Wednesday, May 23, 2012

The Growing Police State: JPMC Edition pt. II

Yesterday, the Chairman of the SEC, Mary Schapiro, testified before the US Senate Committee on Banking, Housing, and Urban Affairs.  I linked to a transcript of her testimony yesterday.  After reading through it, I find myself just shaking my head.  Go read the whole thing, but keep this in mind: All of her testimony is only because of Dodd-Frank, and the chaos it has created in the financial sector.

Done?  Okay.

Here are some things that jumped out at me:

The Dodd-Frank Act also specifically requires that the Commission, the CFTC, and the prudential regulators “consult and coordinate with foreign regulatory authorities on the establishment of consistent international standards” with respect to the regulation of OTC derivatives.

Read that again.  Dodd-Frank specifically requires that the SEC and CFTC "consult and coordinate with foreign regulatory authorities..." that is, it requires US officials to take into consideration foreign law.  So there can be no escape- not from us, nor from any other government.  If you want to find some way to avoid over-burdensome regulation, you're screwed.  Either that other government will find you and screw you over, or the US Government will.

Rather than deal with the international implications of Title VII piecemeal, we intend to address the relevant issues holistically in a single proposal.

This is something legislators (and regulators) love to do.  They claim it's to make things easier.  She goes on to say that doing this is specifically so that people don't have to look in multiple places for all the rules.  But that only matters if the rules are intra-referential, redundant, and/or contradictory.  If the rules each pertained only to the area they were supposed to, and if they were not some "flying spaghetti monster" of regulation, having the rules each broken up into their own documents would not cause a problem.  However, they will be intra-referential, redundant, and contradictory (yes- all of those).  So, by including them all in one "mega-rule" they actually make it harder to interpret, and therefore comply with, the rules once finalized.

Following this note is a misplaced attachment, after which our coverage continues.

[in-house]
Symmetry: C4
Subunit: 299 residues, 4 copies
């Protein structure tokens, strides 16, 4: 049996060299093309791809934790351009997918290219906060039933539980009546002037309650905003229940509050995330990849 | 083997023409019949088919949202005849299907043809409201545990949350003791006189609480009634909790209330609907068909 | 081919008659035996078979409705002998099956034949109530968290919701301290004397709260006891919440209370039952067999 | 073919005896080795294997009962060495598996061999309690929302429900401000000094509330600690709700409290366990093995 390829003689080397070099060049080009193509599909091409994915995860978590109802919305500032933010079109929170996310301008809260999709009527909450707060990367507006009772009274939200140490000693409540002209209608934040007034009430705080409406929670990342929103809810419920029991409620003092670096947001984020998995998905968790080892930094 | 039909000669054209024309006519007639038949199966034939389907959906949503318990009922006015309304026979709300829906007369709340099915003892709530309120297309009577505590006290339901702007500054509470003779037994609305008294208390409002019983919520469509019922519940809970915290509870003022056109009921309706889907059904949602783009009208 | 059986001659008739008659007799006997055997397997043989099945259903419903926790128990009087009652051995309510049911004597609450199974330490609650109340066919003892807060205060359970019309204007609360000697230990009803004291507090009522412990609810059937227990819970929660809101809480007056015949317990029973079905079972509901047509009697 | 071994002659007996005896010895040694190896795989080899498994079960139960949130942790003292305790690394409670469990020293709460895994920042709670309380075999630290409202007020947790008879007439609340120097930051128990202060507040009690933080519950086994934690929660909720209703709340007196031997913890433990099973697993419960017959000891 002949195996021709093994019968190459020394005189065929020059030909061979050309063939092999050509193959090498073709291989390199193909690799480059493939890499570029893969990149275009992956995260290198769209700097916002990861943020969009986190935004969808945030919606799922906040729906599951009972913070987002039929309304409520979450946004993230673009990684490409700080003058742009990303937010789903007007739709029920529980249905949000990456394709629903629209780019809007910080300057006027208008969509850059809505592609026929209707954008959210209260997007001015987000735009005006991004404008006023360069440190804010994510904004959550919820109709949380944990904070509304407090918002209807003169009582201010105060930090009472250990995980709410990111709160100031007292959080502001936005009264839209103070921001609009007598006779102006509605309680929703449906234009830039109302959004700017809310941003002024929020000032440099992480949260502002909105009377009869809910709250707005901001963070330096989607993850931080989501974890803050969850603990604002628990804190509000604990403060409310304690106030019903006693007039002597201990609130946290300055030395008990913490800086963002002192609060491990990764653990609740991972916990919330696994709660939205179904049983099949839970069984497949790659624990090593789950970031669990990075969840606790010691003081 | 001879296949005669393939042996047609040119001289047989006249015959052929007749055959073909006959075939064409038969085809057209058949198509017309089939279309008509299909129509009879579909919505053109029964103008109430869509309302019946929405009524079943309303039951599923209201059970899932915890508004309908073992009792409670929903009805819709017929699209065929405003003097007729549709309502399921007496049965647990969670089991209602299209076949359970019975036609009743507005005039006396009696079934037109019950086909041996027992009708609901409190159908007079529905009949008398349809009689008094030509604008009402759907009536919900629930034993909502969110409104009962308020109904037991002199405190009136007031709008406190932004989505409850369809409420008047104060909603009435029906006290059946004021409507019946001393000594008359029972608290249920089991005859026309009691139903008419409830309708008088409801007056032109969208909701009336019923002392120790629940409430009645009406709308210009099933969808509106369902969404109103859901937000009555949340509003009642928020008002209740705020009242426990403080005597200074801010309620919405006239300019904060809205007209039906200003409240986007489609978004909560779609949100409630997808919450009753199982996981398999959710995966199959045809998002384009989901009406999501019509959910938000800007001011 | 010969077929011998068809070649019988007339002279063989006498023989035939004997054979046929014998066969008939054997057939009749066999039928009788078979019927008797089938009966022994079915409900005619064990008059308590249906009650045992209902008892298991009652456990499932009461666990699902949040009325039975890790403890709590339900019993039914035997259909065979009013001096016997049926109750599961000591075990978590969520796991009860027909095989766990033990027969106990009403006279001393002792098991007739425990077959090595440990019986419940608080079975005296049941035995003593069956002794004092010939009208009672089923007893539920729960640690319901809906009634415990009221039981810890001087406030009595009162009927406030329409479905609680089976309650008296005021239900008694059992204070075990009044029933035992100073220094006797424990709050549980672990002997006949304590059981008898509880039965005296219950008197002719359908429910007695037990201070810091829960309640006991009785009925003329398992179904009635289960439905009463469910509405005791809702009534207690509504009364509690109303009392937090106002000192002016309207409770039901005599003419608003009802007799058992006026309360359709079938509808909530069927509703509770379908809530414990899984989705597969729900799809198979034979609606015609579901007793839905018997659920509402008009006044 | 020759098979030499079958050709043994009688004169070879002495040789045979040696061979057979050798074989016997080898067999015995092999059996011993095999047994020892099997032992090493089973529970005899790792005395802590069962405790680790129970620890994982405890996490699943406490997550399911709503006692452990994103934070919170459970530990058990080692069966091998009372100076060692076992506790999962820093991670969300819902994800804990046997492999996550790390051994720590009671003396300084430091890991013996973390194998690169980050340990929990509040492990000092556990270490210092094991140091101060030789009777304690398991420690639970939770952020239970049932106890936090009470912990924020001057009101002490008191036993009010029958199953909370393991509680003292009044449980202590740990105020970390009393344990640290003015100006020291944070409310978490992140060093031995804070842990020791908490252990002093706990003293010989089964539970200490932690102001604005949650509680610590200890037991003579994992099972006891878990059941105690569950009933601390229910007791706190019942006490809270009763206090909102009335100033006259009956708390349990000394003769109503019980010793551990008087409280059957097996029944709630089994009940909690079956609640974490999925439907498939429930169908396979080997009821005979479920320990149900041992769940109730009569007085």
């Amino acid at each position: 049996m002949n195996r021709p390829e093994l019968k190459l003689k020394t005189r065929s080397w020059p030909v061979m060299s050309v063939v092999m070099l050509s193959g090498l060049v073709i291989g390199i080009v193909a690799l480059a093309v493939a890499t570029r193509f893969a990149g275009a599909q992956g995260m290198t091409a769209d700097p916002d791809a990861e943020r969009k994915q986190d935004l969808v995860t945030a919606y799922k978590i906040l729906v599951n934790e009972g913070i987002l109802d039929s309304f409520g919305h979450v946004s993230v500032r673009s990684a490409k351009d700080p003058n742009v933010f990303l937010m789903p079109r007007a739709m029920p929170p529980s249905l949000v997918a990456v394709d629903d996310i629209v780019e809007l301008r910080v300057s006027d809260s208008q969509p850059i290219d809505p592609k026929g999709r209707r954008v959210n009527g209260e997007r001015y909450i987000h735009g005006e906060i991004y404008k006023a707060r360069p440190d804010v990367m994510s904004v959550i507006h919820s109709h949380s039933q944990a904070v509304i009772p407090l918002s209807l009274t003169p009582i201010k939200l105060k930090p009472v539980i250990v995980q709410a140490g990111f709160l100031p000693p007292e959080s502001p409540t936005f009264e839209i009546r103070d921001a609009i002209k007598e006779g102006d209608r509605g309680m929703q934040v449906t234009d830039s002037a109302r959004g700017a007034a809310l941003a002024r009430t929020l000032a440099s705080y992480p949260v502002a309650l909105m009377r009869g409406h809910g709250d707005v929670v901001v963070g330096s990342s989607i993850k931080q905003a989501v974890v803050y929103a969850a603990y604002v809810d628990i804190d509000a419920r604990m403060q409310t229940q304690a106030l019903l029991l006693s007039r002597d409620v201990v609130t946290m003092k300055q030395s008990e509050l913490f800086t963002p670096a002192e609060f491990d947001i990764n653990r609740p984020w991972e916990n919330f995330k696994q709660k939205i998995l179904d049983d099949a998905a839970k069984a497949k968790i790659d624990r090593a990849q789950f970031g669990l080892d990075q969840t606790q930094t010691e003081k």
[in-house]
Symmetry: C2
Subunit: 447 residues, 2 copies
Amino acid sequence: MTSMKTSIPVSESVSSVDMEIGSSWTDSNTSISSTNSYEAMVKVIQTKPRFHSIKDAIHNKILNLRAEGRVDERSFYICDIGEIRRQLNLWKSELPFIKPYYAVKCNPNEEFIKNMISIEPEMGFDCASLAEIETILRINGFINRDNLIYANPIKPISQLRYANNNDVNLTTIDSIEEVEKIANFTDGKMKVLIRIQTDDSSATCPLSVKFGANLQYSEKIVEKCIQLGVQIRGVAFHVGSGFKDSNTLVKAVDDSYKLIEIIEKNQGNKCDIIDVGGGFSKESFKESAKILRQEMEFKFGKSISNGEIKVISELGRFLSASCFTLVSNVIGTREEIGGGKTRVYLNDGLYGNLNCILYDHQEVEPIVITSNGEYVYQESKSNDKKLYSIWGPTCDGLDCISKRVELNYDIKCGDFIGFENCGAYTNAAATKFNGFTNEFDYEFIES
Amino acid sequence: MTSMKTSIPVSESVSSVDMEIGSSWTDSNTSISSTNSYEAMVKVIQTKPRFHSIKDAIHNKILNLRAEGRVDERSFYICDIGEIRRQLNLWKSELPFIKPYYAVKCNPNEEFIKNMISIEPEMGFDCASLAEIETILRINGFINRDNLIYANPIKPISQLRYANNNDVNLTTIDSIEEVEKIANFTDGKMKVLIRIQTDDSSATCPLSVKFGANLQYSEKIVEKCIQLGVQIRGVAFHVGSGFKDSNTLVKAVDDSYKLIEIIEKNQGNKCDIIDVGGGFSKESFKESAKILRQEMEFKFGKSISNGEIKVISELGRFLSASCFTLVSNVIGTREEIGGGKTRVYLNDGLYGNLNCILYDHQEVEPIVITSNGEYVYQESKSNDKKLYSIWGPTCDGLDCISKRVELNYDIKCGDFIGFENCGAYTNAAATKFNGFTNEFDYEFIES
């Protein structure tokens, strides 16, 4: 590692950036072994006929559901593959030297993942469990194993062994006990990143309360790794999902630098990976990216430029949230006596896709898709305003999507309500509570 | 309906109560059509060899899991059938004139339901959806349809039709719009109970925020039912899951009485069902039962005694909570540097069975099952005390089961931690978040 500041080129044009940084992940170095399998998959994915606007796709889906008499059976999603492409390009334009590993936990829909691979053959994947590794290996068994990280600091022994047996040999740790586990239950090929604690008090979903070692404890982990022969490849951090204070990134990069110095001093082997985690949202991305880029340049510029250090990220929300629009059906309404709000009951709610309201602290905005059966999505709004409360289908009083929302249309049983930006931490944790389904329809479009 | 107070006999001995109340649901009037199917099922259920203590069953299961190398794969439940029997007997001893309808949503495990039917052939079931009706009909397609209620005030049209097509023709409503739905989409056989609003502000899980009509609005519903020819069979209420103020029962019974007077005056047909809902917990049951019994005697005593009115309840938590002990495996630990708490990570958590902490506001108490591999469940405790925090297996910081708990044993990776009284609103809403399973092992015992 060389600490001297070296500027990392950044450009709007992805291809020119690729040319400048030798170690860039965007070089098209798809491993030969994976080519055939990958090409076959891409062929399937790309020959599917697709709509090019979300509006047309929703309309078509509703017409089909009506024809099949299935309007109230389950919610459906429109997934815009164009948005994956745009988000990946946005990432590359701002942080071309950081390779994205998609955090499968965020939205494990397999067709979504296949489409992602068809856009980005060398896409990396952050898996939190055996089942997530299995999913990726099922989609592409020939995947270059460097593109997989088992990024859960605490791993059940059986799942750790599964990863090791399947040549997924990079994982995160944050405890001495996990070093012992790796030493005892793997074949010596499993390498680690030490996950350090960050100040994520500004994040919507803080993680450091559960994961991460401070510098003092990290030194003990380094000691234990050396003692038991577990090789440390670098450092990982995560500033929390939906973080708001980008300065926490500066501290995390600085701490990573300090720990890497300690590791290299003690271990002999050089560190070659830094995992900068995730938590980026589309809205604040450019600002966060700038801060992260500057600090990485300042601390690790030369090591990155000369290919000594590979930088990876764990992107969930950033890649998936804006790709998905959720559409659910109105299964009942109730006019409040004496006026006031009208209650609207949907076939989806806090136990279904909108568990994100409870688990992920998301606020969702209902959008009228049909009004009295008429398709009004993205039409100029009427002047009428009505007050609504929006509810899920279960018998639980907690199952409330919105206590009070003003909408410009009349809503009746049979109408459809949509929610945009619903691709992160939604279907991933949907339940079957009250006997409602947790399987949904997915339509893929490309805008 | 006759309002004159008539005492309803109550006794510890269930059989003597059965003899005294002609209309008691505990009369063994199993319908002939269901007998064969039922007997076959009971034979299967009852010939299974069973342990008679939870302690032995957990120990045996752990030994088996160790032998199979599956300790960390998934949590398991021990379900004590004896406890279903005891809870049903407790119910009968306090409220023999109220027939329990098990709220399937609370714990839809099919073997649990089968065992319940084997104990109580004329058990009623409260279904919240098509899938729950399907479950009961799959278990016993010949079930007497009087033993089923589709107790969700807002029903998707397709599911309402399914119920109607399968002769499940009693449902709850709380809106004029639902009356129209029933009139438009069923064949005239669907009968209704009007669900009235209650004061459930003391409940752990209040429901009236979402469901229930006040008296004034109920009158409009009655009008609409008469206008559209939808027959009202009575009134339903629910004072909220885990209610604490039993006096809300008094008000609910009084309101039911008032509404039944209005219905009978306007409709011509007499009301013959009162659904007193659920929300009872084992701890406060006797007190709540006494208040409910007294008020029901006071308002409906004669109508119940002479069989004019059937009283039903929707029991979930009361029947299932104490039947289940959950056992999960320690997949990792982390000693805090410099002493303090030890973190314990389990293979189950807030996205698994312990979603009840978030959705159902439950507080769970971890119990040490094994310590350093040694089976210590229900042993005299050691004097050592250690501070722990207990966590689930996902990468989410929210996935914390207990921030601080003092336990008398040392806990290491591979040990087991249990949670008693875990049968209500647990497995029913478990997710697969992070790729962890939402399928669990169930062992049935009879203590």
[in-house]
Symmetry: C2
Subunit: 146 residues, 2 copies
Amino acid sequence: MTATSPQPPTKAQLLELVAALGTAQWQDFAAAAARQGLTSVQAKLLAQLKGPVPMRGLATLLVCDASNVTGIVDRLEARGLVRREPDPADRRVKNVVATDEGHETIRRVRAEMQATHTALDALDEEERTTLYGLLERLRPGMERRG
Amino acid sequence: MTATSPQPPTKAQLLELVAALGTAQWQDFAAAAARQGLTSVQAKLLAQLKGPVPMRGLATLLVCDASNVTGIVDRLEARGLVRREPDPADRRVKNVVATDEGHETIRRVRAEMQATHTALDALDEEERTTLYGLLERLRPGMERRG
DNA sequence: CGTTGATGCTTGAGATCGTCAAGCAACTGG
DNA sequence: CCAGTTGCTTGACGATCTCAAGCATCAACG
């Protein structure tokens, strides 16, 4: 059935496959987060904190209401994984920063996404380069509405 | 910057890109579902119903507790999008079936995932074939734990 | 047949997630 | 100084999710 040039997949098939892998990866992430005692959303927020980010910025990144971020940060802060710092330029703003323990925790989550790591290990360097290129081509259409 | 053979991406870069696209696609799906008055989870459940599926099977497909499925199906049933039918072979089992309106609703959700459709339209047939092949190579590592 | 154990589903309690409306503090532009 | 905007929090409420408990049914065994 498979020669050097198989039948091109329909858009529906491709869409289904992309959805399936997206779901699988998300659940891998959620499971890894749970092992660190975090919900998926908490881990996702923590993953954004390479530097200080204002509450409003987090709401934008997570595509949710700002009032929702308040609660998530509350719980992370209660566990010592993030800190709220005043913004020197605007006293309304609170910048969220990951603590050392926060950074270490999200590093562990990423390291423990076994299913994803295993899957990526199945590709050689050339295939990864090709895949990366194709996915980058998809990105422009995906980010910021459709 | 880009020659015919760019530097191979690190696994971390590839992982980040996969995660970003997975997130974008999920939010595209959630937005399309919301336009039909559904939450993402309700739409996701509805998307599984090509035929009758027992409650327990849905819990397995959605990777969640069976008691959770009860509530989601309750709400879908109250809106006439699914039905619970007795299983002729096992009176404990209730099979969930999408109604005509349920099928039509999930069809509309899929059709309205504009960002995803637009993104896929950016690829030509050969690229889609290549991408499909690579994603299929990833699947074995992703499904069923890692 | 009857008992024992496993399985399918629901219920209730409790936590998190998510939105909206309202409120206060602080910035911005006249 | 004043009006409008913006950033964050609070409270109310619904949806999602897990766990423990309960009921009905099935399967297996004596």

This isn't about secure trading- it's about compliance with the Police State.

We followed the statutory language to bring dealers acting above a de minimis level under the Commission’s direct oversight, and in so doing we have ensured that the vast majority of notional dealing activity in this market will be subjected to the SEC’s Title VII dealer regulatory regime.

Just a quick note here.  Read it again, "...we have ensured that the vast majority of notional dealing activity in this market will be subjected to the SEC's Title VII dealer regulatory regime."  So they're doing everything they can to make sure very dollar traded is covered by their "rules" and "regulations," which, per the point earlier, is not about secure trading, but the Police State.

Again, I recommend you read the whole thing.  When you consider how much authority the Legislature ceded to this unelected, largely unaccountable bureaucracy, and the authority they wield, it is just astounding.

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